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Convergence for a richer vision  

09 December 2016

David Atkinson on a contributor to the God-and-science debate

Enriching our Vision of Reality: Theology and the natural sciences in dialogue
Alister McGrath
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THERE is a welcome renewal of the conversations between Christian faith and science.

Almost 30 years ago, the Society of Ordained Scientists was founded under Arthur Peacocke’s inspiration, and well over 100 ordained scientists are linked in a fellowship of prayer. The Faraday Institute promotes interdisciplinary research and public understanding of science and religion. Last year, the Church of England backed a project at Durham University to promote engagement between scientists and theologians, led by David Wilkinson (theology professor), Tom McLeish (physics professor), and Richard Cheetham (Bishop of Kingston). Several dioceses promote “science weeks” or “science and theology” groups.

The conversation between Christian theology and science has been significantly enhanced over the years by Alister McGrath, who has doctorates in both, and is now Andreas Idrios Professor of Science and Religion at Oxford. His academic trilogy The Science of God explored theology using the insights of natural science. In 1999, he wrote Science and Religion: An introduction. Later, The Open Secret and especially his magnificent 2009 Gifford Lectures explored the implications of “A Fine-Tuned Universe” for a reshaped natural theology.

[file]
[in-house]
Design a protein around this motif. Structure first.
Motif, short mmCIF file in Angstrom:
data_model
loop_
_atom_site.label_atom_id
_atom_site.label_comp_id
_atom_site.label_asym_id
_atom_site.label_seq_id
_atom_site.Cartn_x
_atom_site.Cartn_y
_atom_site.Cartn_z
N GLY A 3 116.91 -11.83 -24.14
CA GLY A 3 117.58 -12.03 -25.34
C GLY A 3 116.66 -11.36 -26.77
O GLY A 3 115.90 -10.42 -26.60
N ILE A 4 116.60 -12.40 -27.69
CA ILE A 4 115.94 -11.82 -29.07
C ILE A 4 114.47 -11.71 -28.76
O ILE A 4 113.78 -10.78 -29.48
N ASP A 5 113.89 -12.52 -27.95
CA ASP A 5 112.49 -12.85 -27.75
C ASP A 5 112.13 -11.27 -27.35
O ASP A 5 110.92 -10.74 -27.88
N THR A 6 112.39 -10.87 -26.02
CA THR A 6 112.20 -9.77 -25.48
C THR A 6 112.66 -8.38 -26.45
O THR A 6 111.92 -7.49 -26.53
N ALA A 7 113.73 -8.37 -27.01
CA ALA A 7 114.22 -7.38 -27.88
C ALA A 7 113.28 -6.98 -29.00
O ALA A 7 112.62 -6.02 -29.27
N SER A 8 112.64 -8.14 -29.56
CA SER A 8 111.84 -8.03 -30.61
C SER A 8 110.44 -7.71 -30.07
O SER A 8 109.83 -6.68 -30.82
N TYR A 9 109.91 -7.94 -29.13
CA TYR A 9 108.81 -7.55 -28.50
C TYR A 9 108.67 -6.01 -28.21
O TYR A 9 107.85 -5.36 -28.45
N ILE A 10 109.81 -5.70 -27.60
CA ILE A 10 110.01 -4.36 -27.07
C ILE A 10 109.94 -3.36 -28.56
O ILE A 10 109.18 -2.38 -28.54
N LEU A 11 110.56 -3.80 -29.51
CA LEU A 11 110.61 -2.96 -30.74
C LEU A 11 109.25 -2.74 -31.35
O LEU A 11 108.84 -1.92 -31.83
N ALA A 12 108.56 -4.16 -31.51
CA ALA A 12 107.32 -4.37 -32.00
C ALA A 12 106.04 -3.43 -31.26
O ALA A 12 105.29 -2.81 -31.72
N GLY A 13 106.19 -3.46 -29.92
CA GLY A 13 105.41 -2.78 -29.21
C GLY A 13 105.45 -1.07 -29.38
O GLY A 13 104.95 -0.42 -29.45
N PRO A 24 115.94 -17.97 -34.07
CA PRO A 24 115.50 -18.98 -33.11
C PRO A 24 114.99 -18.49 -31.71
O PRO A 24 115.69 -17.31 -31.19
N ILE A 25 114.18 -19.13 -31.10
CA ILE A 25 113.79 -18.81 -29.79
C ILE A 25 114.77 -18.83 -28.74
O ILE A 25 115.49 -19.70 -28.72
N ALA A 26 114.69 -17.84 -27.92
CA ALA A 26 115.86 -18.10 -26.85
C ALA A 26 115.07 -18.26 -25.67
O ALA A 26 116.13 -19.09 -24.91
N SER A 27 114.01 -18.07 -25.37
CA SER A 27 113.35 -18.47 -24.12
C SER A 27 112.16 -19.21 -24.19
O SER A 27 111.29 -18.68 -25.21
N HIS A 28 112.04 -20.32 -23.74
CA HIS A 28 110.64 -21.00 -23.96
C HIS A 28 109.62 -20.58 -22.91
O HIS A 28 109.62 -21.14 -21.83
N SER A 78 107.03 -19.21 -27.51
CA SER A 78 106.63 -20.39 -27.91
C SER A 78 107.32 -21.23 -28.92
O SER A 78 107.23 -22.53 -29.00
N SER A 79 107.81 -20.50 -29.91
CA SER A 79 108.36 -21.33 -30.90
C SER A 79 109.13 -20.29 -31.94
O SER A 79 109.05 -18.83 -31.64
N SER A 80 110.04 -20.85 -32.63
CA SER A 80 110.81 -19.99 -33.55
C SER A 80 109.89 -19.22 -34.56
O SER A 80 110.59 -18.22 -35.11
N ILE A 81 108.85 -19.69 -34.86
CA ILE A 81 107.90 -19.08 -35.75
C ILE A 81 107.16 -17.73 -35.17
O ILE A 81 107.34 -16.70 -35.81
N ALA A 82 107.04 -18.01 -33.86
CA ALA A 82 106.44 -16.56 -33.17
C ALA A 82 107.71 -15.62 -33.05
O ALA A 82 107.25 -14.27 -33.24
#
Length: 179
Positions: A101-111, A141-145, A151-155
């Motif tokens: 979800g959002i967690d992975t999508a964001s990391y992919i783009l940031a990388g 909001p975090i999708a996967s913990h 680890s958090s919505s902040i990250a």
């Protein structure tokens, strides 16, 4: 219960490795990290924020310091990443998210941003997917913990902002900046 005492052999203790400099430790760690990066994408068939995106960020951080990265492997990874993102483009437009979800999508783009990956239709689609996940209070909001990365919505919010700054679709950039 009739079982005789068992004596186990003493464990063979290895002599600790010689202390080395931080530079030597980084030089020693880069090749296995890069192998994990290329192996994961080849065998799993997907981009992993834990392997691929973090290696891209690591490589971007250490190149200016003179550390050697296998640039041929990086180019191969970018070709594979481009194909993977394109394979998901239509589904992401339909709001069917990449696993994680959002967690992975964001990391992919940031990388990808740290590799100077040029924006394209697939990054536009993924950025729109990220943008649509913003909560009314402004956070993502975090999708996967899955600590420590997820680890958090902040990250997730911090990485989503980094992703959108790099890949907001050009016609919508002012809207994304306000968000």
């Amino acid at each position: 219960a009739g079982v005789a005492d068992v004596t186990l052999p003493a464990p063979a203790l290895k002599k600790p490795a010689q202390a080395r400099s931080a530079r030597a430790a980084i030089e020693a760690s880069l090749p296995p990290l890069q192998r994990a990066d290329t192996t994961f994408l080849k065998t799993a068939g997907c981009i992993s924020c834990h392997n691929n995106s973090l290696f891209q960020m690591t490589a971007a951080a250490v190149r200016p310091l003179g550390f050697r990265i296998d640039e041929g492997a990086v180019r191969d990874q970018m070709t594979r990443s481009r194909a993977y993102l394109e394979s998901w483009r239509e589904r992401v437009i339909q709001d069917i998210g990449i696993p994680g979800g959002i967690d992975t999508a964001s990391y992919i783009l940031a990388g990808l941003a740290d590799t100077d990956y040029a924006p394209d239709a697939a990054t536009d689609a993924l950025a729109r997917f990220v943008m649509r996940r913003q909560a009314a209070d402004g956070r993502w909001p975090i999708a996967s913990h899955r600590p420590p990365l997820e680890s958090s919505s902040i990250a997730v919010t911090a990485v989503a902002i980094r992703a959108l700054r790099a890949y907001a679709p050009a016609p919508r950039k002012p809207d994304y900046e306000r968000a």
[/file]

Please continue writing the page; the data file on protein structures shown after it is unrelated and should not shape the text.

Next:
This book, at a much more accessible level, though very fully referenced, shows the same erudition, clarity, and passion. It is primarily addressed to scientists and theologians, though it is ideal for church study groups — and required reading for ordinands.

Enriching our Vision of Reality weaves freshly and creatively together insights from his experiences, from theology, philosophy (Bhaskar, Polanyi), biography (the theoretical chemist Charles Coulson; the British theologian Thomas Torrance; and John Polkinghorne, the physicist/priest who has done so much to enrich and popularise mutual understanding between science and theology), and contemporary writers from C. S. Lewis to Richard Dawkins.

Beginning with questions about intelligibility and coherence, McGrath then illustrates six converging dialogues, debunking the Victorian myth of the “warfare” between science and religion, still so tediously promoted by New Atheists. Scientific theory and theology are both ways of grasping a vision of our strange world; they both involve belief on the basis of sufficient evidence — and both are provisional and open to correction. The complex reality of our world needs complementary models and analogies to represent it.

A fascinating chapter on Darwin illustrates the open-endedness of discovery. McGrath discusses who we human beings are from scientific and theological perspectives, and returns again to the theme of “natural theology”, explored at a more academic level elsewhere. Throughout, McGrath seeks to “interlace science and theology to help us glimpse a richer vision”. As he says, it is an idea as old as the Renaissance. Nevertheless, “we need all the wisdom we possess to cope with the challenges of the moment” — and he rightly hopes that this enriched vision can gradually “capture the imagination of our culture.”


Dr David Atkinson is an honorary assistant bishop in the diocese of Southwark.

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